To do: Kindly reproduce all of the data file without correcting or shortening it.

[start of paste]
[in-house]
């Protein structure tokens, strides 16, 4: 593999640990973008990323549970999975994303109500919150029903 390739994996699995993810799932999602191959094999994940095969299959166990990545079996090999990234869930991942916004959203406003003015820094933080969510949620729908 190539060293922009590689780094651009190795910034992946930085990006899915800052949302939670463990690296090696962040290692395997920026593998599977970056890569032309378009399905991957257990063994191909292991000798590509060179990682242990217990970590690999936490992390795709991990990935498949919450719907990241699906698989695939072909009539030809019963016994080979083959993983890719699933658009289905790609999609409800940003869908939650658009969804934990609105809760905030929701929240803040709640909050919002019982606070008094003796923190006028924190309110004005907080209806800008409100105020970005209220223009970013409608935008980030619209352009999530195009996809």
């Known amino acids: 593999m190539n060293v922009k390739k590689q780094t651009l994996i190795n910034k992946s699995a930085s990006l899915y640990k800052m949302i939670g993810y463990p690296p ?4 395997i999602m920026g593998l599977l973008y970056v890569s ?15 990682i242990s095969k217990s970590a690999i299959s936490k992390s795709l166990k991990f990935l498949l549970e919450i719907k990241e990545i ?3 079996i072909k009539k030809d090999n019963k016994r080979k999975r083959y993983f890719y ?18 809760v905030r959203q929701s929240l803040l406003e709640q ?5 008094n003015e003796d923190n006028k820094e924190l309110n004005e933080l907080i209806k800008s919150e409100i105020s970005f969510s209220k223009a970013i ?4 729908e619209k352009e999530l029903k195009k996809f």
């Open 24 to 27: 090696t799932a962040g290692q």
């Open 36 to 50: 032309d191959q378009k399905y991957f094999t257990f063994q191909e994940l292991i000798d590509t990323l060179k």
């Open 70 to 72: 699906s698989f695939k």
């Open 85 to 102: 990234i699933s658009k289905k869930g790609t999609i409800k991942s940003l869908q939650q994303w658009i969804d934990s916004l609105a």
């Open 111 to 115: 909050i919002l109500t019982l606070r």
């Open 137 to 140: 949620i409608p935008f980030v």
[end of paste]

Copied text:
[in-house]
């Protein structure tokens, strides 16, 4: 593999640990973008990323549970999975994303109500919150029903 390739994996699995993810799932999602191959094999994940095969299959166990990545079996090999990234869930991942916004959203406003003015820094933080969510949620729908 190539060293922009590689780094651009190795910034992946930085990006899915800052949302939670463990690296090696962040290692395997920026593998599977970056890569032309378009399905991957257990063994191909292991000798590509060179990682242990217990970590690999936490992390795709991990990935498949919450719907990241699906698989695939072909009539030809019963016994080979083959993983890719699933658009289905790609999609409800940003869908939650658009969804934990609105809760905030929701929240803040709640909050919002019982606070008094003796923190006028924190309110004005907080209806800008409100105020970005209220223009970013409608935008980030619209352009999530195009996809």
């Known amino acids: 593999m190539n060293v922009k390739k590689q780094t651009l994996i190795n910034k992946s699995a930085s990006l899915y640990k800052m949302i939670g993810y463990p690296p ?4 395997i999602m920026g593998l599977l973008y970056v890569s ?15 990682i242990s095969k217990s970590a690999i299959s936490k992390s795709l166990k991990f990935l498949l549970e919450i719907k990241e990545i ?3 079996i072909k009539k030809d090999n019963k016994r080979k999975r083959y993983f890719y ?18 809760v905030r959203q929701s929240l803040l406003e709640q ?5 008094n003015e003796d923190n006028k820094e924190l309110n004005e933080l907080i209806k800008s919150e409100i105020s970005f969510s209220k223009a970013i ?4 729908e619209k352009e999530l029903k195009k996809f």
């Open 24 to 27: 090696t799932a962040g290692q």
């Open 36 to 50: 032309d191959q378009k399905y991957f094999t257990f063994q191909e994940l292991i000798d590509t990323l060179k």
């Open 70 to 72: 699906s698989f695939k």
């Open 85 to 102: 990234i699933s658009k289905k869930g790609t999609i409800k991942s940003l869908q939650q994303w658009i969804d934990s916004l609105a």
């Open 111 to 115: 909050i919002l109500t019982l606070r």
């Open 137 to 140: 949620i409608p935008f980030v």